For example, the M40xs are not the best as far as lows are concerned but they do deliver superb mids and highs. The exact opposite applies to the DT 770 Pros as they deliver great bass and mids but are slightly sharper than we’d like them to be.
- Impedance: 32 up to 250ohms
- Enclosure: Closed back
- Features: Replaceable earpads
Due to their closed-back design, they naturally offer much better noise isolation than open-back headphones. Also, a much stronger base that’s not overemphasized. Though, as we mentioned above, the highs do get a bit too sharp at times.
Comfort-wise, while the earpads are generally soft and there’s plenty of padding on top, the clamping force can certainly be a bit too much for some people. We’d say they are just a bit lighter on the head than the M40x.
The build quality is quite possibly the best on this list. Most of the parts seem to be made of metal and the headphones feel extremely sturdy and durable. However, keep in mind that the cable is not removable and that replacing the earpads can prove to be a bit of a challenge.
We like that there is the option of choosing from multiple impedance versions of the same headphones. It starts from 32ohms for mobile use and goes all the way up to 250 for high-end studio equipment. Do keep in mind that the 32ohm version comes with a 1.6m cable while anything higher than that uses a 3m one. That can be an issue for mobile usage since that cable is non-removable, though.
- Great base and mids
- Very good build quality
- Multiple impedance versions to choose from
- Lightweight despite their mostly metallic construction
- Relatively strong clamp
- Treble reproduction is somewhat inconsistent as far as studio headphones are concerned
- Relatively narrow soundstage by design
Best Open Back Studio Headphones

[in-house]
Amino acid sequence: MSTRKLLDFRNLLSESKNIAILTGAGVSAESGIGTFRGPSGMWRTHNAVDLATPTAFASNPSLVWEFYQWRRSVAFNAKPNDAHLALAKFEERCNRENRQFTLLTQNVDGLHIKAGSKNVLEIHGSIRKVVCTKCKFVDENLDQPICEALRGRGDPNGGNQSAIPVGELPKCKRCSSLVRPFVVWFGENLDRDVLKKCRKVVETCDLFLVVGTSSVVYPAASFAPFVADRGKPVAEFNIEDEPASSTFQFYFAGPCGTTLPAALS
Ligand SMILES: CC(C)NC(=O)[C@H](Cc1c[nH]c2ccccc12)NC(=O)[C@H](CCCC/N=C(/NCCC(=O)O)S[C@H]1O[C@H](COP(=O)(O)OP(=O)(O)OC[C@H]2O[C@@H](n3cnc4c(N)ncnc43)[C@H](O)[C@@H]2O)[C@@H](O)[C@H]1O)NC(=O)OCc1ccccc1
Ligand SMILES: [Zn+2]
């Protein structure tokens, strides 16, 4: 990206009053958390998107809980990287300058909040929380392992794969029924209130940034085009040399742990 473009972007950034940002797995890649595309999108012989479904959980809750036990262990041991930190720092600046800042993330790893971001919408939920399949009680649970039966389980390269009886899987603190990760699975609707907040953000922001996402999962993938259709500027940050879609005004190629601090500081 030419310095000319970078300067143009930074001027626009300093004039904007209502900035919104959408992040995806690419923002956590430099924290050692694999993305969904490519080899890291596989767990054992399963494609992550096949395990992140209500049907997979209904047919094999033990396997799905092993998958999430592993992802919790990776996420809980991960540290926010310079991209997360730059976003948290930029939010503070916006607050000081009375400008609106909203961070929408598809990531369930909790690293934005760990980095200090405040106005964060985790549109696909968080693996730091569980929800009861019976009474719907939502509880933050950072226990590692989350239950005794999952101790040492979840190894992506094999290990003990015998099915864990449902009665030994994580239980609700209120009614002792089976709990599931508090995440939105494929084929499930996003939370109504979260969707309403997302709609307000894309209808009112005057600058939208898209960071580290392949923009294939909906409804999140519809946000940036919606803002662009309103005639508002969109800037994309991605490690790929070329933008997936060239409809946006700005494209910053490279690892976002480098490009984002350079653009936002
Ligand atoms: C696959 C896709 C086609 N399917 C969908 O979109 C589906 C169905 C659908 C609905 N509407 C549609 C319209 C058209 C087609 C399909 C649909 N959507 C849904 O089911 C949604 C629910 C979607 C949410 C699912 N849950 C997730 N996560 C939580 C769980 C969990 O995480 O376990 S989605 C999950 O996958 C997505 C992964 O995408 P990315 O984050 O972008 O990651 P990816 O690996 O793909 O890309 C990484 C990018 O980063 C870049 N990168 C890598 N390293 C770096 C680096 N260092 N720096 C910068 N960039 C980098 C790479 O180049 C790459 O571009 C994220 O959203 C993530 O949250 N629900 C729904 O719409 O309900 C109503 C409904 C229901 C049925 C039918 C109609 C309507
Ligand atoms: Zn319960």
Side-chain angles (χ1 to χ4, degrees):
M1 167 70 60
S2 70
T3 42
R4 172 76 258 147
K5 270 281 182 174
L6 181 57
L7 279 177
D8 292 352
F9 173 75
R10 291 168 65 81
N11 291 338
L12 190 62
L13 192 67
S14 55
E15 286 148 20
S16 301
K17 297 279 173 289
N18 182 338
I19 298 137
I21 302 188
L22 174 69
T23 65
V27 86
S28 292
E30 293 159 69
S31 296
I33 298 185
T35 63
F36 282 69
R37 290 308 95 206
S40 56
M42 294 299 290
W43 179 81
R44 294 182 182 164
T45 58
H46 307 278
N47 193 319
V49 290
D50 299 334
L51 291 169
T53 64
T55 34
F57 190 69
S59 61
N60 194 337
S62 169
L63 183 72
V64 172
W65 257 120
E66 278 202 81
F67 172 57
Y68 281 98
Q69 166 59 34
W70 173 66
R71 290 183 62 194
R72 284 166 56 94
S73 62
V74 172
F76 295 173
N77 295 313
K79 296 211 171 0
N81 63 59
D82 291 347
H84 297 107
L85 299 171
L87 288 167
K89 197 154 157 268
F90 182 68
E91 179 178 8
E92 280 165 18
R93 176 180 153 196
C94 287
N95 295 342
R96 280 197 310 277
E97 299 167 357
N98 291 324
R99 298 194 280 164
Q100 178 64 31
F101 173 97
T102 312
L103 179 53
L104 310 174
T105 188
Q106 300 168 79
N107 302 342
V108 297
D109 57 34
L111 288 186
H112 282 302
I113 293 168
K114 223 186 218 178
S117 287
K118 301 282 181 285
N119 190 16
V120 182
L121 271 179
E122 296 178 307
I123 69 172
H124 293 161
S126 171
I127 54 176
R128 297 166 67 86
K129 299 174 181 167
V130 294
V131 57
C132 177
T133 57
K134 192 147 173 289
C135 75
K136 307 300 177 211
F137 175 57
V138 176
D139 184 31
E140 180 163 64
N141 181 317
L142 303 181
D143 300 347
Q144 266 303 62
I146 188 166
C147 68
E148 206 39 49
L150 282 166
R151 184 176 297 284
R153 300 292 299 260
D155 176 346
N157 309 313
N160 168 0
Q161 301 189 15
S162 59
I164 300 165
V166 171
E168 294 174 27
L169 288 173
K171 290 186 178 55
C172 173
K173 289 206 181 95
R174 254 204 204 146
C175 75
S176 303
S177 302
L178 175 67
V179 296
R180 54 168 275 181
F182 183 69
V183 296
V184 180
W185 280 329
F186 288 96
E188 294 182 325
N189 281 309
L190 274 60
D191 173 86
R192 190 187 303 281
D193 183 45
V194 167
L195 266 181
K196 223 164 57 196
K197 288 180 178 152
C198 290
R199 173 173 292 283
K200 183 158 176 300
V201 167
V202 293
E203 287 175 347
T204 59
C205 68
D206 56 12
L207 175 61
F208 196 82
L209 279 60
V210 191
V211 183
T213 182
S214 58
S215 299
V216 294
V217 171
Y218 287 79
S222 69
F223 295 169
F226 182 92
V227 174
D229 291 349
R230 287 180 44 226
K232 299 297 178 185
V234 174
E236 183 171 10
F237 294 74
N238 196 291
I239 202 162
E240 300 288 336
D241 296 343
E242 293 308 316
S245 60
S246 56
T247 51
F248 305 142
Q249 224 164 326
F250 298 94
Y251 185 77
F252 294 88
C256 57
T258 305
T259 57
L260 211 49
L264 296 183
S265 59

If you don’t mind audio leakage and having zero noise isolation, the HD800 S is quite possibly all-around the best pair of audiophile headphones you can grab. That’s if you leave the multi-thousand-dollar Orpheus out of the picture, of course.
- Impedance: 300ohms
- Enclosure: Open back
- Features: Removable cables and earpads
Apart from the obvious downsides that open-back headphones come with, the only real downside here is how much they cost. They are by far the most expensive pick on this list. So, only buy them if you want the absolute best.
In exchange for your hard-earned money, you get the gold standard for comfort, all-around superb sound that’s neutral yet dynamic, great build quality, and some of the widest earcups we’ve seen yet.
That said, we’re still not fond of the proprietary cables that Sennheiser keeps on using. It makes their replacement much tougher in case that something goes wrong.
But, other than that, we really can’t find any other negatives. These are the most comfortable and best-sounding headphones on this list – at least as long as you like open-back sound.
- Superb sound
- Comfort is out of this world with very little clamp force, lots of padding, and great earpads (Even if a bit thin)
- Premium build quality
- Wide soundstage and great imaging
- Very expensive
- Leaky with bad audio isolation by design
- The high impedance makes them hard to use without an amp
- Proprietary audio cables
These are our top 5 picks. To wrap things up as quickly as possible:
- Audio-Technica ATH-M40x: Offers the best value on this list by offering decent build quality and neutral sound on a budget. Their only downside is that they are a bit tight on the head and they don’t offer a lot of soundstage by design
- Sennheiser HD600: One of the best open-back headphones you can get without paying a premium. Just keep in mind that it offers zero noise isolation
- AKG K240 Studio: The cheapest studio pair of headphones that we can recommend. You can’t expect to compete with the other picks at this price point. But, if you can’t afford anything else, it’s worth checking out
- Beyerdynamic DT 770 Pro: Our top pick if you want a closed-back pair for the studio. It’s a little bit tight on the head and sometimes a little sharp. But, other than that, we don’t have any other complaints
- Sennheiser HD800 S: All-around the best-sounding headphones on this list if you like “airy” sound. The only downside is that they cost a lot and they also offer zero noise isolation by design
That’s about it for now. If you want to make any other recommendations or if you want to ask anything, feel free to let us know about it in the comments section.